Exclusive Interview with Softears
Dear Wang Cheng, thank you for the opportunity of this interview. As founder and CTO of Softears, can you introduce yourself to the readers?
Wang Cheng is a senior audio enthusiast as well as a loudspeaker enthusiast, who has been engaged in high-end headphone ODM for many years, and served as a research and development consultant for a moving iron unit manufacturer, very familiar with the process of the headphone manufacturing industry, with 7 years of experience in the industry. When he was still a player, after acquiring many mainstream products on the market, he found that none of them could really reach a product that could boast reference sound, so he started to explore on his own and after 5 years of brewing, he founded SOFTEARS in 2017, successfully entering the public eye and gaining market recognition with an RS10 ten-unit moving iron. At the same time his wide range of hobbies has allowed him to have novel ideas that he can apply to experiment in the development of headphones and creatively develop passive units. His personal attention to detail and pursuit of excellence has also led him to perfection in the craftsmanship of his products.
What does the name Softears mean?
SOFTEARS literally means soft ears and we created the brand with the intention of bringing soft, comfortable sound to everyone, hence the name.
Which was the first IEM to get you hooked and interested in the business?
Triple.Fi 10 PRO by ULTIMATE EARS, these headphones allowed me to hear a very high resolution sound at the time.
People are confused by the relation between MoonDrop and Softears. Can you help to clarify the cooperation?
The founder of MOONDROP is also one of the founders of SOFTEARS, and the two brands share some of their technology platforms. At the same time, SOFTEARS and MOONDROP are two independently operated brands, belonging to two completely separate companies.
What’s the difference between Turii and Illumination? Were you involved in both designs?
The TURII and the ILLUMINATION can be considered to be on the same platform and have a similar front chamber structure from the outside. However, the main difference between them is the different materials used in the diaphragm and the different tuning, the different material characteristics lead to the different styles of the TURII and the ILLUMINATION. Although I was involved in the design of the TURII, I have to admit that the success of the TURII is due to the work done by Mizuki Rain Acoustic Laboratory in terms of materials.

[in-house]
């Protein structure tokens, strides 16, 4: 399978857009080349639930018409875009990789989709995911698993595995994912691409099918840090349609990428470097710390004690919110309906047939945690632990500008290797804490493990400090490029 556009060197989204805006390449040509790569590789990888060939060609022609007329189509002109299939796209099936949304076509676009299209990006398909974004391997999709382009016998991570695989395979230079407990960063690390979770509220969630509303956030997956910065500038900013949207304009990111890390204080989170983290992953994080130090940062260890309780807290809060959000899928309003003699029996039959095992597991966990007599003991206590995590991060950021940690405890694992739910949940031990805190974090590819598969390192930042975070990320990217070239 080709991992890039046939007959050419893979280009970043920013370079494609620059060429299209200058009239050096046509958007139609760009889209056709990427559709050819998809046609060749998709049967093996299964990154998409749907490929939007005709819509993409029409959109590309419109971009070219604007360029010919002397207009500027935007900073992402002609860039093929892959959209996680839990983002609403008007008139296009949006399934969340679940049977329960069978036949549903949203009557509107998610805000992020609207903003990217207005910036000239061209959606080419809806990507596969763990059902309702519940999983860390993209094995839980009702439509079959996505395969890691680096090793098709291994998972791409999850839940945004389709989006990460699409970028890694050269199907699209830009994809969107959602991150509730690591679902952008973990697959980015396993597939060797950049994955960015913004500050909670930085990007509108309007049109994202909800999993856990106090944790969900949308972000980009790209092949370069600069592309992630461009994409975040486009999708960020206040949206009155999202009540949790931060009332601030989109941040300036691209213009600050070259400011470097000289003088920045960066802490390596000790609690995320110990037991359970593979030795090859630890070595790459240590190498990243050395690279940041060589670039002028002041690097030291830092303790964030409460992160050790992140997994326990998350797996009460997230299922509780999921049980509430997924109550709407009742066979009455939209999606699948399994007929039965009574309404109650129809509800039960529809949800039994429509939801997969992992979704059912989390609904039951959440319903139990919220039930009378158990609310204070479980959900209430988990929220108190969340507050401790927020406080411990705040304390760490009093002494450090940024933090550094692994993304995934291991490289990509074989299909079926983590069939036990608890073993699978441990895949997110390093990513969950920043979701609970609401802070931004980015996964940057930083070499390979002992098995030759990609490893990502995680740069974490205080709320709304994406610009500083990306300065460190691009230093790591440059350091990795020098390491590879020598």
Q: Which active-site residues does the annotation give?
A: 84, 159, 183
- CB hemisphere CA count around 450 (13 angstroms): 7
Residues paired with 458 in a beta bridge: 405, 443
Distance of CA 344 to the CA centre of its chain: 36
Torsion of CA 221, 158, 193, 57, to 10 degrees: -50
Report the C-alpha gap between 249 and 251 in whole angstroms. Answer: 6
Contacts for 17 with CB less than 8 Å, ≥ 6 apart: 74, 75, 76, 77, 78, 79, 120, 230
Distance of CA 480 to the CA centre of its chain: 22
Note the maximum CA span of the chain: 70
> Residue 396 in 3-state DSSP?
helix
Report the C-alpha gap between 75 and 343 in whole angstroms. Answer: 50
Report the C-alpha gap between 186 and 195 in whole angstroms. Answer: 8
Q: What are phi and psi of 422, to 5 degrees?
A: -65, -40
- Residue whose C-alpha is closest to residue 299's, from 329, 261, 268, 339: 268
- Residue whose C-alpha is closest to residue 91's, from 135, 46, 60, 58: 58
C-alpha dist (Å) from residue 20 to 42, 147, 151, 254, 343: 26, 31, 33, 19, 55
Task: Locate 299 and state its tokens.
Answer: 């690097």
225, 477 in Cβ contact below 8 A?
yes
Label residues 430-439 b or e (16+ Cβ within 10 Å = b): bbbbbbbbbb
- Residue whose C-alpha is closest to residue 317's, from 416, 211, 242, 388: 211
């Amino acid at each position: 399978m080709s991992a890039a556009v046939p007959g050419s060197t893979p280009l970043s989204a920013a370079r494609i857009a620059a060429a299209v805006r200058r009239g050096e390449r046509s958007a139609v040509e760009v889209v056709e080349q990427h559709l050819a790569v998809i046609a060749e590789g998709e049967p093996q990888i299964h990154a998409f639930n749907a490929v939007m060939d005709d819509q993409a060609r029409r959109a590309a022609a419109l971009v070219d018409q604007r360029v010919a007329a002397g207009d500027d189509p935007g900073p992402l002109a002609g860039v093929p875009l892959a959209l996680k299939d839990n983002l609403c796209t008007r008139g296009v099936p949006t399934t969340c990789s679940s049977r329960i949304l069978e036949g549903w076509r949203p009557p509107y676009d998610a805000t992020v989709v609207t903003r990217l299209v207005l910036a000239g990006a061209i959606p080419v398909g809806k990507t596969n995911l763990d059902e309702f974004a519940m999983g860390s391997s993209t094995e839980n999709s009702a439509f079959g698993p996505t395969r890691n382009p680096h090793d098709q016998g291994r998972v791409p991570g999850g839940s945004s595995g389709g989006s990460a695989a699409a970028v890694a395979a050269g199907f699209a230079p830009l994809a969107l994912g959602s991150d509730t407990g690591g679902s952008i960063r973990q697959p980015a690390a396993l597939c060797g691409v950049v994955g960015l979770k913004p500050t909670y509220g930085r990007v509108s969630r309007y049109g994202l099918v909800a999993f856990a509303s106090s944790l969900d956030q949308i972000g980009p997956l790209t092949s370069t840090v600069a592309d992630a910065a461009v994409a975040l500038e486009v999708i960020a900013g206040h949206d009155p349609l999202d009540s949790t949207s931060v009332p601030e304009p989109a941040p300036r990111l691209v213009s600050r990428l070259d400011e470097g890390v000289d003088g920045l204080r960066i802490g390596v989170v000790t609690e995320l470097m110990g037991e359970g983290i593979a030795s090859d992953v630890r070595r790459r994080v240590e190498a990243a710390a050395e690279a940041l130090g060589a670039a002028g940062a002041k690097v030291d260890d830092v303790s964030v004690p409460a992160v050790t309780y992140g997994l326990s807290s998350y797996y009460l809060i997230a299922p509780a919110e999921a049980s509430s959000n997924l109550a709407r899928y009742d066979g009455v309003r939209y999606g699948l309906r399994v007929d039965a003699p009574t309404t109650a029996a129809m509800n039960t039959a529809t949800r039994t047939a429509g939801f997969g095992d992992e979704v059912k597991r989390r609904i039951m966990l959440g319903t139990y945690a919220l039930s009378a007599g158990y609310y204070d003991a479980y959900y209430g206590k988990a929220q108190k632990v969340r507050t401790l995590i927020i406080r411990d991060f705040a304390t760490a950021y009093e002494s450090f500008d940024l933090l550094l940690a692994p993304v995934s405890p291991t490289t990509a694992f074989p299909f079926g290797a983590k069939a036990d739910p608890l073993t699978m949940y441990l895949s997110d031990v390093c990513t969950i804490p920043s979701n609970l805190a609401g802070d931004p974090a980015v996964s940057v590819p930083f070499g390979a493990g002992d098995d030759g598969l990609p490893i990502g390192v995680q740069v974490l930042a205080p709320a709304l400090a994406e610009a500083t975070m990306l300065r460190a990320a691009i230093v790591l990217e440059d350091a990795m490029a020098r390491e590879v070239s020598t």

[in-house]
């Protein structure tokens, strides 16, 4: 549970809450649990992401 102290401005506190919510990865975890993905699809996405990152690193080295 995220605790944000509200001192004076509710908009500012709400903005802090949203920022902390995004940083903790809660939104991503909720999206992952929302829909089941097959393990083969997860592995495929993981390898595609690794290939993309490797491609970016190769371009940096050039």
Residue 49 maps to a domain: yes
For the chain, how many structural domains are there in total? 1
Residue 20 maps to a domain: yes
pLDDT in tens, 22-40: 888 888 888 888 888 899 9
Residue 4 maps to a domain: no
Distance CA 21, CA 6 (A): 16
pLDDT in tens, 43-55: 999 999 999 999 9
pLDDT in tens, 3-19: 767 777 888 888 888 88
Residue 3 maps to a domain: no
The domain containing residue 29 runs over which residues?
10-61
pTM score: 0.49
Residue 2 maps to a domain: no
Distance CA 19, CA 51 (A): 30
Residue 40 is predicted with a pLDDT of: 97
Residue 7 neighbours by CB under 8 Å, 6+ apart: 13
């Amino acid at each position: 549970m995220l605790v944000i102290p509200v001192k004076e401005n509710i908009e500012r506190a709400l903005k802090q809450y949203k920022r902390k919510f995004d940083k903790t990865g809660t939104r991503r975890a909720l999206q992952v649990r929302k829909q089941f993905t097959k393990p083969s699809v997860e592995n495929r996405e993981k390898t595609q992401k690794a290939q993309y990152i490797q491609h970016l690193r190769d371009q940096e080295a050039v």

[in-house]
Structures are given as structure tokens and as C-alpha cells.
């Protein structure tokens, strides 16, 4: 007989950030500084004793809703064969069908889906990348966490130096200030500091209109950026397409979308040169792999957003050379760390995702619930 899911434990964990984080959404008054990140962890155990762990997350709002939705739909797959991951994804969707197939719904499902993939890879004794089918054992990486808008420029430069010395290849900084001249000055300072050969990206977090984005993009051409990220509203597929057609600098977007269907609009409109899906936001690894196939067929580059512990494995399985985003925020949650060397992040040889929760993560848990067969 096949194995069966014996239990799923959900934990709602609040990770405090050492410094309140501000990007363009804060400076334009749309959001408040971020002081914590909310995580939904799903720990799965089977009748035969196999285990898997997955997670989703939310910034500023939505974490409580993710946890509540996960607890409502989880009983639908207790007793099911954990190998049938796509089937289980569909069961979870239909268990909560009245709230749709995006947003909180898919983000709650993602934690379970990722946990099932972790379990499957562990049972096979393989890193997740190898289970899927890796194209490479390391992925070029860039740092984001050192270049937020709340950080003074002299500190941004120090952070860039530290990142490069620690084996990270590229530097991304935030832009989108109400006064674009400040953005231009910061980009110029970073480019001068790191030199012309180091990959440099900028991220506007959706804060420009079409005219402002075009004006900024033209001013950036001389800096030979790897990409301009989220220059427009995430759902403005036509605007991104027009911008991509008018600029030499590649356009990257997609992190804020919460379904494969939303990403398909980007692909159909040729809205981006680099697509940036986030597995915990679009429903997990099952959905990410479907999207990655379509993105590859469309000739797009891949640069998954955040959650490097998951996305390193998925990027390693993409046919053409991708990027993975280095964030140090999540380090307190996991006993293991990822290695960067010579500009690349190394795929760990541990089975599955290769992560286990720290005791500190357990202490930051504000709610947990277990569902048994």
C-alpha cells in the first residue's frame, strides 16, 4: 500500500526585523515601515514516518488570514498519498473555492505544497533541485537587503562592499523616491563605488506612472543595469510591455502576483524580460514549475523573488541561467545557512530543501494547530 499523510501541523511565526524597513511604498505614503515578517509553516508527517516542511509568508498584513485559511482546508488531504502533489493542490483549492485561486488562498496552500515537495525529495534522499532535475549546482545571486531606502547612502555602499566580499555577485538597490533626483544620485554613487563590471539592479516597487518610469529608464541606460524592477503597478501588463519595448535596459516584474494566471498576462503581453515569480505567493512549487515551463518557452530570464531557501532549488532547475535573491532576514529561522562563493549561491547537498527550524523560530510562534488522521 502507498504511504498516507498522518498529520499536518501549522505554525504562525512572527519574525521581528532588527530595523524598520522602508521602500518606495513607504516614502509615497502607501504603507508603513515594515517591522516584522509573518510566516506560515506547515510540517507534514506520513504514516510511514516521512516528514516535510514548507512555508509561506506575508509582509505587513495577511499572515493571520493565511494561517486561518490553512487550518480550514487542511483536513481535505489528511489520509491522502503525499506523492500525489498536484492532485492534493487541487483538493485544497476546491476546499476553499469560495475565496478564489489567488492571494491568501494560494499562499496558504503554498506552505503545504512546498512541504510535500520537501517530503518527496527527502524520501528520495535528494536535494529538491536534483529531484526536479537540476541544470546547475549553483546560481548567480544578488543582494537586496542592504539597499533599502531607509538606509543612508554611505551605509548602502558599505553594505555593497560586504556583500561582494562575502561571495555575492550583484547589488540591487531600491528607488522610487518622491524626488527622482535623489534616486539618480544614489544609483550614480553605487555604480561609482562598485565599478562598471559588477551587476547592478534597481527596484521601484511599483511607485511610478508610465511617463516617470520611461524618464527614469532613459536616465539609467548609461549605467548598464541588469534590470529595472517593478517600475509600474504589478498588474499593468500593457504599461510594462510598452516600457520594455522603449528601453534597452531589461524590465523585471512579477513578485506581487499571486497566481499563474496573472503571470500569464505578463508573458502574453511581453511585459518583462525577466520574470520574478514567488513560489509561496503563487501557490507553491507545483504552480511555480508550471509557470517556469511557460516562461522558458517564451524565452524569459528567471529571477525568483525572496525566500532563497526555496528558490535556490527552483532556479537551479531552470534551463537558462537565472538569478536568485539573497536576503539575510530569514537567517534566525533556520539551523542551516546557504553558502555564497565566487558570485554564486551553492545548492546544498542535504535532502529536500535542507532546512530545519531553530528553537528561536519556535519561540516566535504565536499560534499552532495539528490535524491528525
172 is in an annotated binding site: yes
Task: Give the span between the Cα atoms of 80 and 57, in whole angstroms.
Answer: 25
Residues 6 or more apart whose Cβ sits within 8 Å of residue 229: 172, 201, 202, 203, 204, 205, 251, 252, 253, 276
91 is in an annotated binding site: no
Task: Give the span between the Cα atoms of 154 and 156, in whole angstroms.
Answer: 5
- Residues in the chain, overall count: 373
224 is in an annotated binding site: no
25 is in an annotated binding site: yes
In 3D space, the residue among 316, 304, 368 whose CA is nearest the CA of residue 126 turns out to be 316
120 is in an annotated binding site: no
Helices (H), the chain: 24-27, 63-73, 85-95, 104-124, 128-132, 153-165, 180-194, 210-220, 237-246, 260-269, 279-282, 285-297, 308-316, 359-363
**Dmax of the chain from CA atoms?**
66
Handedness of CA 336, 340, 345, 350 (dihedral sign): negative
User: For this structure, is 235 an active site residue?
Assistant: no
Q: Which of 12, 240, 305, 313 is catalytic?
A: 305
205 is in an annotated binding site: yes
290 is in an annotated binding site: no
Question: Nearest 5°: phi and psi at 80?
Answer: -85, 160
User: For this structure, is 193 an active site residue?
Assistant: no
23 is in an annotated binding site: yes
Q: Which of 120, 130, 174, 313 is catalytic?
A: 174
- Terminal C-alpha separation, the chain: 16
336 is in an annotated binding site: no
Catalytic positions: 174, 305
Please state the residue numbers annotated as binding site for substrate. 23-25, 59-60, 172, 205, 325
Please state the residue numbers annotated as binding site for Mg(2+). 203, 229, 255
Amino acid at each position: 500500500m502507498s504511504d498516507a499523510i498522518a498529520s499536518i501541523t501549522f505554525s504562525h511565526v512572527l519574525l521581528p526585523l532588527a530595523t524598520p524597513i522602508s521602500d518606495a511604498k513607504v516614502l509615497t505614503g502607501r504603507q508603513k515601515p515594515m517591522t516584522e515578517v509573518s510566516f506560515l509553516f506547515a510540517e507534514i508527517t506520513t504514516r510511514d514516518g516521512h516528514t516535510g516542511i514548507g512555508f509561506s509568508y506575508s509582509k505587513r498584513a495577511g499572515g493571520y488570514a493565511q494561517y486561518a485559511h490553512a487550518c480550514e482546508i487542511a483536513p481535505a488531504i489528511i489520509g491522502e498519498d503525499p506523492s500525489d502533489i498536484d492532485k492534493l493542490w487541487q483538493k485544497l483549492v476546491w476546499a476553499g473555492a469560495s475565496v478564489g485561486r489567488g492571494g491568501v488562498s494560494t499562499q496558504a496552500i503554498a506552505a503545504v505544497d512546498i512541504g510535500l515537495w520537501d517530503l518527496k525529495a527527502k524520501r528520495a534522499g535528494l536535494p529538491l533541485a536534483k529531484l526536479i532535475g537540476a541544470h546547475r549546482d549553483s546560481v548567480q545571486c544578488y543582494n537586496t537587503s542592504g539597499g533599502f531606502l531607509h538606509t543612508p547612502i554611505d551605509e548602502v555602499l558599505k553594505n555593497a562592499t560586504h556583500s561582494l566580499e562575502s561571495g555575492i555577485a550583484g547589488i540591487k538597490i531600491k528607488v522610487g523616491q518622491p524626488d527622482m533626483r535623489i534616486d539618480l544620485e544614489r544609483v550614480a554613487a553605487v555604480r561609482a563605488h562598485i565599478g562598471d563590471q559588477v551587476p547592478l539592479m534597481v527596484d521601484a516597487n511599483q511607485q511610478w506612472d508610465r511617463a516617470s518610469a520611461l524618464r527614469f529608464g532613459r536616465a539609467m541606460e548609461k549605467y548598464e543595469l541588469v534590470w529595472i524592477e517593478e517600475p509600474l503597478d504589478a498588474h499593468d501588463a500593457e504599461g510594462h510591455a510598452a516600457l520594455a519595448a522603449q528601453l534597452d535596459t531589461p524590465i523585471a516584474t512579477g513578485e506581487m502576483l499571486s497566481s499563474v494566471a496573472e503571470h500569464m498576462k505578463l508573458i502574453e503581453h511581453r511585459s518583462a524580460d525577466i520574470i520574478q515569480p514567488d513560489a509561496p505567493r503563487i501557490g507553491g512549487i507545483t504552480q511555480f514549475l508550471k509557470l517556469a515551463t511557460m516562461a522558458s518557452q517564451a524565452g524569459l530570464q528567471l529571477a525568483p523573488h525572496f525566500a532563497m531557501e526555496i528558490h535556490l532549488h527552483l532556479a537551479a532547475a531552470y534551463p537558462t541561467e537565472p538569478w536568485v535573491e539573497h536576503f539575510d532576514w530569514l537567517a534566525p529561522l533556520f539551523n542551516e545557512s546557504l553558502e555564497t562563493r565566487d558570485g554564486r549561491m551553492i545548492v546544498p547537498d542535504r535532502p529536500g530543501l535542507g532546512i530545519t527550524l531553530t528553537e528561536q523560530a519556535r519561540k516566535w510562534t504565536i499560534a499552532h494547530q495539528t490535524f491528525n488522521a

The MoonDrop S8 and Softears RS10 are also very similar. Is there any relation?
The S8 and RS10 are not on the same platform, but the midrange unit of the S8 was developed & supplied by SOFTEARS.
Will you continue to support MoonDrop like you have before or will you reserve your innovations for Softears from now on?
SOFTEARS is an independently owned and operated brand and we have always been committed to product innovation.
“Chi-Fi” is a composition of the terms Chinese and Head-Fi. It represents the movement of Chinese brands providing better sound quality at comparatively lower prices. Often it refers to the budget segment, for which it is sometimes also used as a reference for low quality. Have you come across the term yet? If so, do you consider Softears as a Chi-Fi brand?
I have heard the term CHI-FI because of the strong material and manufacturing supply system in China, and I am proud that SOFTEARS products are made in China and are positioned at the top end of the range and far above the competition.
You specifically mention linear phase as one of the main design features of the RSV. How does phase affect the soundstage in your experience?
Accurate phase is an important part of an accurate soundstage, and I believe that both headphones and audio speaker systems need to be designed with low phase distortion. Usually we refer to phase as the need for the delay between different frequencies to be almost identical across the frequency bands when the signal reaches the headphones for playback, which is the only way to achieve accurate playback and a precise soundstage.
The Turii is an exceptional single-DD flagship. How fun was the project? Can we expect more DD-goodness from Softears or is this already the limit of what a single driver can achieve?
I think the most interesting thing about the TURII is its design, which seems unergonomic but can actually be worn easily. There is still room for development of single-action coils and the ability to actually improve performance through different structural designs and materials, leading to higher objective indicators. This is also similar to the history of engine development in cars, where older technology could only increase power by increasing engine displacement, but now can be improved by superchargers or with electric motor hybrids.
The RS10 is an extremely polished product with excellent tuning and incredible resolution. What was the biggest design challenge of the RS10?
The design required matching the phase and frequency response curves of so many units, as well as fitting so many components into the ear shell. The need to match the impedance, phase, timbre and frequency response curve to the ideal level, and to ensure an excellent listening experience, has led to the use of so many crossover components and the fine control of dimensions.